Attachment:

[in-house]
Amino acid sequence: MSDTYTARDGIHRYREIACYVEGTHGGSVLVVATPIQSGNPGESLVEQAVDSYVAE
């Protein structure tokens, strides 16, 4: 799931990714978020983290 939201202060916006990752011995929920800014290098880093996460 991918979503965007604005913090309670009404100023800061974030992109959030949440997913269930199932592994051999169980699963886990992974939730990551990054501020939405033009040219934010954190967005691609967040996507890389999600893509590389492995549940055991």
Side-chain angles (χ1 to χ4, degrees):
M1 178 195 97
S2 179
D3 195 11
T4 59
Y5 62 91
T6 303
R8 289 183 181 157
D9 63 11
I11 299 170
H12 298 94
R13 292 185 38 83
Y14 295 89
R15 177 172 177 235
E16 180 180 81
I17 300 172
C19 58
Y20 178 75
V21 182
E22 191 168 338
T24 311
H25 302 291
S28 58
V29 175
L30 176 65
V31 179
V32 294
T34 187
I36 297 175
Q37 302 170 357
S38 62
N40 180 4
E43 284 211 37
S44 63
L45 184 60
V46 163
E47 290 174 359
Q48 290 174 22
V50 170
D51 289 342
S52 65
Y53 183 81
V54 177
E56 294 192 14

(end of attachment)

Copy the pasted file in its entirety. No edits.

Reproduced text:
[in-house]
Amino acid sequence: MSDTYTARDGIHRYREIACYVEGTHGGSVLVVATPIQSGNPGESLVEQAVDSYVAE
């Protein structure tokens, strides 16, 4: 799931990714978020983290 939201202060916006990752011995929920800014290098880093996460 991918979503965007604005913090309670009404100023800061974030992109959030949440997913269930199932592994051999169980699963886990992974939730990551990054501020939405033009040219934010954190967005691609967040996507890389999600893509590389492995549940055991």
Side-chain angles (χ1 to χ4, degrees):
M1 178 195 97
S2 179
D3 195 11
T4 59
Y5 62 91
T6 303
R8 289 183 181 157
D9 63 11
I11 299 170
H12 298 94
R13 292 185 38 83
Y14 295 89
R15 177 172 177 235
E16 180 180 81
I17 300 172
C19 58
Y20 178 75
V21 182
E22 191 168 338
T24 311
H25 302 291
S28 58
V29 175
L30 176 65
V31 179
V32 294
T34 187
I36 297 175
Q37 302 170 357
S38 62
N40 180 4
E43 284 211 37
S44 63
L45 184 60
V46 163
E47 290 174 359
Q48 290 174 22
V50 170
D51 289 342
S52 65
Y53 183 81
V54 177
E56 294 192 14